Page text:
• TheDMonline.com Staff Member?
  • Log In
Share |

Former Texas Tech head coach Mike Leach interested in Ole Miss job

Photo Courtesy: The Daily Toreador

As soon as the Ole Miss head coaching position became open this past Monday, former Texas Tech head coach Mike Leach’s name was quickly linked with the job, among other former and current head coaches and coordinators.

Currently an announcer and analyst for CBS Sports, Leach boasts 23 years of coaching experience, including an 84-43 record in 10 seasons as the Texas Tech head coach. He brought his patented “Air Raid” offense to Lubbock, and the Red Raiders never had a losing season, reached 10 straight bowl games and shared the Big 12 South Title in 2008.

When asked about the Ole Miss job, he said it would be a job that “anybody would be interested in.”

“It’s got a tradition, a good recruiting base and play in a great conference,” Leach said. “I think it’s a great place. With that being said, it’s about the administrators deciding what they’re looking for and what their goals are. It’s got to be the right fit in the right place.”

CBS Sports’ Bruce Feldman holds a unique position when discussing Leach and his possible candidacy at Ole Miss. Feldman co-wrote “Swing Your Sword,” which centers on Leach’s coaching career at Texas Tech. Feldman also wrote “Meat Market: Inside the Smash-Mouth World of College Football Recruiting,” which centers on recruiting at Ole Miss under head coach Ed Orgeron.

From this perspective, Feldman said he could see Leach fitting in at Ole Miss, but on the field, it would take some time to turnaround the football program.

“Everywhere he’s been, that offense has been prolific,” he said. “I think Ole Miss fans remember when Eli Manning was there, (Texas Tech’s) quarterback actually beat Eli and that guy never played in the NFL. I don’t think anyone can look at what his track record is and question how good of a football coach he is. At Texas Tech, it’s not an easy place to beat Oklahoma, Texas and Nebraska, and he was able to do that.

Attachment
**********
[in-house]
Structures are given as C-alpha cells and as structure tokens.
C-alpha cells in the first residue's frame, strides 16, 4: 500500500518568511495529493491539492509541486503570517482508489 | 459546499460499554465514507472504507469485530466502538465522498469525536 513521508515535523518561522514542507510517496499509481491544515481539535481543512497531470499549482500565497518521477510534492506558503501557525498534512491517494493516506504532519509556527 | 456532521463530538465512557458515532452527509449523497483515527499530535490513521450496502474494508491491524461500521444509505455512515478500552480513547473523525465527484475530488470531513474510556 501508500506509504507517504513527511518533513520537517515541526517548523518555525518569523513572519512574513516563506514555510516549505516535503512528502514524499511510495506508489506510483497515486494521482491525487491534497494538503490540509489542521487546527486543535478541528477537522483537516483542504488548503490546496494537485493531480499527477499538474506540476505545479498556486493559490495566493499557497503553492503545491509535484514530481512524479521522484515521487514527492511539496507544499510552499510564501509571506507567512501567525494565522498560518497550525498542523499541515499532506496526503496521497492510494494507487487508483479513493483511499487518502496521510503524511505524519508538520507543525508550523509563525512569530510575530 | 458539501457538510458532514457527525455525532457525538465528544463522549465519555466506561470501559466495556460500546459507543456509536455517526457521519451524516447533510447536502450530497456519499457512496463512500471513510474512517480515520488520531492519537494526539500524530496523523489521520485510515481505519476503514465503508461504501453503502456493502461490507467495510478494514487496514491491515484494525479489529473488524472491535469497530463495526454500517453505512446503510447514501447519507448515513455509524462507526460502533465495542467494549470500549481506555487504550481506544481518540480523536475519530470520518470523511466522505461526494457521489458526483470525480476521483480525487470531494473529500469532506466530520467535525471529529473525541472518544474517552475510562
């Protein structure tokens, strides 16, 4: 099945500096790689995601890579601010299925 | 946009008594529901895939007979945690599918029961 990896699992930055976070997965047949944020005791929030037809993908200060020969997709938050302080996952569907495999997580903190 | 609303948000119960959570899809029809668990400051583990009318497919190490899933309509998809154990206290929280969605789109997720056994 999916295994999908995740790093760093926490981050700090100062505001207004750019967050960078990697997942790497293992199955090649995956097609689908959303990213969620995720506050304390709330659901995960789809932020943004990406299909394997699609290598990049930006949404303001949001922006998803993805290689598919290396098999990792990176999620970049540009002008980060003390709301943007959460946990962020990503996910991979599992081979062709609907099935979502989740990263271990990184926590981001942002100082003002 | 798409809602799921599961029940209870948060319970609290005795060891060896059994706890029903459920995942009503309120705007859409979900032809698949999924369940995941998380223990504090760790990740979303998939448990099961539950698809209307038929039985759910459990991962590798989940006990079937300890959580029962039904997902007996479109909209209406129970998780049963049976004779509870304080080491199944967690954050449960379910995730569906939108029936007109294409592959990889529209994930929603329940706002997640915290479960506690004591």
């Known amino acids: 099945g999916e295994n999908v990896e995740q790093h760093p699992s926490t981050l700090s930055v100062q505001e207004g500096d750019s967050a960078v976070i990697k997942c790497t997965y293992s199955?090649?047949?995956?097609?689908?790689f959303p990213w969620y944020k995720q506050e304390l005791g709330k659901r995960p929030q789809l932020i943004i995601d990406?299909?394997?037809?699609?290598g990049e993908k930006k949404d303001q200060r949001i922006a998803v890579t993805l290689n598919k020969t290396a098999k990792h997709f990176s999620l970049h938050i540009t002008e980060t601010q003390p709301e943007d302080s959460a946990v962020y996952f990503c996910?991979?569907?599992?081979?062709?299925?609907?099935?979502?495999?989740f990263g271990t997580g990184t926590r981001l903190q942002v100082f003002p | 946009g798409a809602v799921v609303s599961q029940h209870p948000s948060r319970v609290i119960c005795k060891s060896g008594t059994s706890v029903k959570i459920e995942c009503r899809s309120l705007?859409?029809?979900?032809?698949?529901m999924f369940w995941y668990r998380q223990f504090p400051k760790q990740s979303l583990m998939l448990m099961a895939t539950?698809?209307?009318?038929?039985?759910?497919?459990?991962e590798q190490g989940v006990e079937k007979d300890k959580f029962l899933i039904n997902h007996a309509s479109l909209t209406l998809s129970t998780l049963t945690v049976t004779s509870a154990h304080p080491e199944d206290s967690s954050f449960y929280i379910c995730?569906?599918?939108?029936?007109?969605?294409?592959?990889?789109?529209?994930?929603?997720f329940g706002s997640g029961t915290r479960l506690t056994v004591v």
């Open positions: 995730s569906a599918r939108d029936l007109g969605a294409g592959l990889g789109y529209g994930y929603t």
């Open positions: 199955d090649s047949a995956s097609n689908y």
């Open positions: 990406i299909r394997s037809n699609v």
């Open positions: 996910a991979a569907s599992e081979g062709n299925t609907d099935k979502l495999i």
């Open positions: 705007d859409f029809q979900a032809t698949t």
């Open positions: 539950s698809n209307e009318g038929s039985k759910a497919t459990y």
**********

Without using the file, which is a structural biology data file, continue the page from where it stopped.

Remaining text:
“I think the challenge for him, if he were to get the Ole Miss job, is you look at what they have offensively and you’re not sure if they have a quarterback you want to see throw the ball more than 15 times a game on that roster. I think that will take a little bit of time.”

As Feldman alluded to, Leach and his offense have been successful beyond Lubbock, where the Red Raiders ranked in the top 11 of passing offense every season and top six of total offense in Leach’s last eight seasons. Two seasons out of coaching, each of the nation’s top seven passing offense have connections to Leach and his offense, whether it’s head coach, the offensive coordinator or the other offensive coaches and players on the team.

“The most important thing is you want to utilize all the resources,” Leach said. “You want to attack the whole field, which is basically sideline-to-sideline and 30-35 yards down the field. You want to utilize all the skill positions. Each skill position should contribute to the offense. You want to get the ball in their hands. That’s really important.

“You see team after team that only utilizes two guys or only affects a small portion of the field. The No. 1 resource you have is space, and it’s built to spread the field for guys to touch the ball. The important thing is to use everybody.”

Before Texas Tech, Leach was the offensive coordinator at Oklahoma, where he took quarterback Josh Heupel and the Sooners from 101st in total offense and scoring offense to 11th in total offense and eighth in scoring offense.

However, it was in the Southeastern Conference where Leach, who did not play college football, got his start in Division I football as the offensive coordinator under head coach Hal Mumme at Kentucky.